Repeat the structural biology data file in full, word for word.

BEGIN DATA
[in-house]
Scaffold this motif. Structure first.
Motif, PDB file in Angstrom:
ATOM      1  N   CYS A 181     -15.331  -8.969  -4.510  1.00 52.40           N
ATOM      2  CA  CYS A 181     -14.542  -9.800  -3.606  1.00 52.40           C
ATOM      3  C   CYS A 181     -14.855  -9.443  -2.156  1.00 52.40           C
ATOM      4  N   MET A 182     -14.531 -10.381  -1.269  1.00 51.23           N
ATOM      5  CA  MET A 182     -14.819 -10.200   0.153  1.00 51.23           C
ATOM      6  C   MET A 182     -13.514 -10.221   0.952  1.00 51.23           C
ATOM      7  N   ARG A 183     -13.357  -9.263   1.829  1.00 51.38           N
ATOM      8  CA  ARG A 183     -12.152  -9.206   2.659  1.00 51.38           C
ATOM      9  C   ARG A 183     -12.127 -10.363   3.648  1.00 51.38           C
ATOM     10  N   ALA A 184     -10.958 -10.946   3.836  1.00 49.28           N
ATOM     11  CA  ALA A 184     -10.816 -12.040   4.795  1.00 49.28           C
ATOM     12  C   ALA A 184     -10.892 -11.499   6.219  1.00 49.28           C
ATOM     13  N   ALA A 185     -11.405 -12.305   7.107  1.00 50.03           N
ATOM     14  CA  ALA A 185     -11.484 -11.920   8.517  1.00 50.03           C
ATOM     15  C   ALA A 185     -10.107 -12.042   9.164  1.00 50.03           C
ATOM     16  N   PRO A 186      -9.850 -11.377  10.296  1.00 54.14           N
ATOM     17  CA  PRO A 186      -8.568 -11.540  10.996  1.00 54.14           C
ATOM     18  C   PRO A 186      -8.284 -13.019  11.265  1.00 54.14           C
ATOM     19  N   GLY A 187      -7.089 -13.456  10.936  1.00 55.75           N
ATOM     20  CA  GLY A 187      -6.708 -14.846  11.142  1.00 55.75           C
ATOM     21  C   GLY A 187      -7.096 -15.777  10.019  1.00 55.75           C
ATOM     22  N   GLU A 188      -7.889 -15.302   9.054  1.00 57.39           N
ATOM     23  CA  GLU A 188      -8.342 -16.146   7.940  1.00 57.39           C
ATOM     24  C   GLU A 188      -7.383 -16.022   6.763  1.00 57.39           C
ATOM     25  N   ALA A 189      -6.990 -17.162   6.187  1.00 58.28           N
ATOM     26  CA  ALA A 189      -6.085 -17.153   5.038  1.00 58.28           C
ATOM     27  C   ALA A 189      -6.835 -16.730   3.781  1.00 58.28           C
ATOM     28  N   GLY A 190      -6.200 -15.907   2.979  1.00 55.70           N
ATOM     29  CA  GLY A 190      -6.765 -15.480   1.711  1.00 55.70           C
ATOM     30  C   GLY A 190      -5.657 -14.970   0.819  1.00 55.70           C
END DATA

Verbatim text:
[in-house]
Scaffold this motif. Structure first.
Motif, PDB file in Angstrom:
ATOM      1  N   CYS A 181     -15.331  -8.969  -4.510  1.00 52.40           N
ATOM      2  CA  CYS A 181     -14.542  -9.800  -3.606  1.00 52.40           C
ATOM      3  C   CYS A 181     -14.855  -9.443  -2.156  1.00 52.40           C
ATOM      4  N   MET A 182     -14.531 -10.381  -1.269  1.00 51.23           N
ATOM      5  CA  MET A 182     -14.819 -10.200   0.153  1.00 51.23           C
ATOM      6  C   MET A 182     -13.514 -10.221   0.952  1.00 51.23           C
ATOM      7  N   ARG A 183     -13.357  -9.263   1.829  1.00 51.38           N
ATOM      8  CA  ARG A 183     -12.152  -9.206   2.659  1.00 51.38           C
ATOM      9  C   ARG A 183     -12.127 -10.363   3.648  1.00 51.38           C
ATOM     10  N   ALA A 184     -10.958 -10.946   3.836  1.00 49.28           N
ATOM     11  CA  ALA A 184     -10.816 -12.040   4.795  1.00 49.28           C
ATOM     12  C   ALA A 184     -10.892 -11.499   6.219  1.00 49.28           C
ATOM     13  N   ALA A 185     -11.405 -12.305   7.107  1.00 50.03           N
ATOM     14  CA  ALA A 185     -11.484 -11.920   8.517  1.00 50.03           C
ATOM     15  C   ALA A 185     -10.107 -12.042   9.164  1.00 50.03           C
ATOM     16  N   PRO A 186      -9.850 -11.377  10.296  1.00 54.14           N
ATOM     17  CA  PRO A 186      -8.568 -11.540  10.996  1.00 54.14           C
ATOM     18  C   PRO A 186      -8.284 -13.019  11.265  1.00 54.14           C
ATOM     19  N   GLY A 187      -7.089 -13.456  10.936  1.00 55.75           N
ATOM     20  CA  GLY A 187      -6.708 -14.846  11.142  1.00 55.75           C
ATOM     21  C   GLY A 187      -7.096 -15.777  10.019  1.00 55.75           C
ATOM     22  N   GLU A 188      -7.889 -15.302   9.054  1.00 57.39           N
ATOM     23  CA  GLU A 188      -8.342 -16.146   7.940  1.00 57.39           C
ATOM     24  C   GLU A 188      -7.383 -16.022   6.763  1.00 57.39           C
ATOM     25  N   ALA A 189      -6.990 -17.162   6.187  1.00 58.28           N
ATOM     26  CA  ALA A 189      -6.085 -17.153   5.038  1.00 58.28           C
ATOM     27  C   ALA A 189      -6.835 -16.730   3.781  1.00 58.28           C
ATOM     28  N   GLY A 190      -6.200 -15.907   2.979  1.00 55.70           N
ATOM     29  CA  GLY A 190      -6.765 -15.480   1.711  1.00 55.70           C
ATOM     30  C   GLY A 190      -5.657 -14.970   0.819  1.00 55.70           C